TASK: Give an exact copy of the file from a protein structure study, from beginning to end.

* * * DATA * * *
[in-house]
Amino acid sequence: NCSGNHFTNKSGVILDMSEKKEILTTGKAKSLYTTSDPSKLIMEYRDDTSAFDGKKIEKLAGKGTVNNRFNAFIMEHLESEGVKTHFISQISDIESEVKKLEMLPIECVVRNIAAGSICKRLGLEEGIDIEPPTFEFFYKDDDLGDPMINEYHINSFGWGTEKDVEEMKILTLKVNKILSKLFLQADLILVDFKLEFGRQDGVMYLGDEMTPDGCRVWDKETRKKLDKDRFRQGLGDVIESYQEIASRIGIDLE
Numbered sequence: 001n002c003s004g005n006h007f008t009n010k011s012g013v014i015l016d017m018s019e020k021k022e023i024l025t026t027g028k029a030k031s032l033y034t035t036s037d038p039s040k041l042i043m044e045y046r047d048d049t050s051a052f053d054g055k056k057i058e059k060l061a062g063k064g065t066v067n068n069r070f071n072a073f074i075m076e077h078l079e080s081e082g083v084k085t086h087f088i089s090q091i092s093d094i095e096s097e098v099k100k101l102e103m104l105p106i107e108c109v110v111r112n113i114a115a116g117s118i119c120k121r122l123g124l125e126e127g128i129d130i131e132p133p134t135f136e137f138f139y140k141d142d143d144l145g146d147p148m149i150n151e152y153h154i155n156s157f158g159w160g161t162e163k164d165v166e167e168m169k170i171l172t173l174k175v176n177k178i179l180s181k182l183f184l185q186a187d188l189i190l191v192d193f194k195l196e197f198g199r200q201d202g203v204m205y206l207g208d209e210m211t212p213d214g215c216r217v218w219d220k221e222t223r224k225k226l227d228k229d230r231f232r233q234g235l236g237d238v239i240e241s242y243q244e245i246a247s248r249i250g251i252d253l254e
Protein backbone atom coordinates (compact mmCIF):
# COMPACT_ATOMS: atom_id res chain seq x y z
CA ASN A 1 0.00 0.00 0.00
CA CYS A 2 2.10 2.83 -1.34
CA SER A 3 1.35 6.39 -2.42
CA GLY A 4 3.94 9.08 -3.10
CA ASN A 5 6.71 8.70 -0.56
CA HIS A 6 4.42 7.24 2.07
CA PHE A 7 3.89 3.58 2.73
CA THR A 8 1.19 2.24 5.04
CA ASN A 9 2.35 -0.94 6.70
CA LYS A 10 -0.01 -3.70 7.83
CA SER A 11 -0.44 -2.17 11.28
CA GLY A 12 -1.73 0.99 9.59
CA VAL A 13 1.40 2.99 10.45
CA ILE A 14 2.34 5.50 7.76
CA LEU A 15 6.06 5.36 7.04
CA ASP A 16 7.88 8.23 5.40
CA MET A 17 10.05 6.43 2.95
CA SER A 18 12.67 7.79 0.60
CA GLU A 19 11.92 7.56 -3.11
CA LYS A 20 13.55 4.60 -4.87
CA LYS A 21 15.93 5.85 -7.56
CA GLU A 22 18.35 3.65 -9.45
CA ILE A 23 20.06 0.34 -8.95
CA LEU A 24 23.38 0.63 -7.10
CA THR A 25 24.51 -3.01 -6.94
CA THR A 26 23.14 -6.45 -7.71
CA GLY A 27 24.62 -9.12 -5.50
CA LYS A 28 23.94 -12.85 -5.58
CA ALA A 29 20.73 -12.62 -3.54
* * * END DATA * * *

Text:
[in-house]
Amino acid sequence: NCSGNHFTNKSGVILDMSEKKEILTTGKAKSLYTTSDPSKLIMEYRDDTSAFDGKKIEKLAGKGTVNNRFNAFIMEHLESEGVKTHFISQISDIESEVKKLEMLPIECVVRNIAAGSICKRLGLEEGIDIEPPTFEFFYKDDDLGDPMINEYHINSFGWGTEKDVEEMKILTLKVNKILSKLFLQADLILVDFKLEFGRQDGVMYLGDEMTPDGCRVWDKETRKKLDKDRFRQGLGDVIESYQEIASRIGIDLE
Numbered sequence: 001n002c003s004g005n006h007f008t009n010k011s012g013v014i015l016d017m018s019e020k021k022e023i024l025t026t027g028k029a030k031s032l033y034t035t036s037d038p039s040k041l042i043m044e045y046r047d048d049t050s051a052f053d054g055k056k057i058e059k060l061a062g063k064g065t066v067n068n069r070f071n072a073f074i075m076e077h078l079e080s081e082g083v084k085t086h087f088i089s090q091i092s093d094i095e096s097e098v099k100k101l102e103m104l105p106i107e108c109v110v111r112n113i114a115a116g117s118i119c120k121r122l123g124l125e126e127g128i129d130i131e132p133p134t135f136e137f138f139y140k141d142d143d144l145g146d147p148m149i150n151e152y153h154i155n156s157f158g159w160g161t162e163k164d165v166e167e168m169k170i171l172t173l174k175v176n177k178i179l180s181k182l183f184l185q186a187d188l189i190l191v192d193f194k195l196e197f198g199r200q201d202g203v204m205y206l207g208d209e210m211t212p213d214g215c216r217v218w219d220k221e222t223r224k225k226l227d228k229d230r231f232r233q234g235l236g237d238v239i240e241s242y243q244e245i246a247s248r249i250g251i252d253l254e
Protein backbone atom coordinates (compact mmCIF):
# COMPACT_ATOMS: atom_id res chain seq x y z
CA ASN A 1 0.00 0.00 0.00
CA CYS A 2 2.10 2.83 -1.34
CA SER A 3 1.35 6.39 -2.42
CA GLY A 4 3.94 9.08 -3.10
CA ASN A 5 6.71 8.70 -0.56
CA HIS A 6 4.42 7.24 2.07
CA PHE A 7 3.89 3.58 2.73
CA THR A 8 1.19 2.24 5.04
CA ASN A 9 2.35 -0.94 6.70
CA LYS A 10 -0.01 -3.70 7.83
CA SER A 11 -0.44 -2.17 11.28
CA GLY A 12 -1.73 0.99 9.59
CA VAL A 13 1.40 2.99 10.45
CA ILE A 14 2.34 5.50 7.76
CA LEU A 15 6.06 5.36 7.04
CA ASP A 16 7.88 8.23 5.40
CA MET A 17 10.05 6.43 2.95
CA SER A 18 12.67 7.79 0.60
CA GLU A 19 11.92 7.56 -3.11
CA LYS A 20 13.55 4.60 -4.87
CA LYS A 21 15.93 5.85 -7.56
CA GLU A 22 18.35 3.65 -9.45
CA ILE A 23 20.06 0.34 -8.95
CA LEU A 24 23.38 0.63 -7.10
CA THR A 25 24.51 -3.01 -6.94
CA THR A 26 23.14 -6.45 -7.71
CA GLY A 27 24.62 -9.12 -5.50
CA LYS A 28 23.94 -12.85 -5.58
CA ALA A 29 20.73 -12.62 -3.54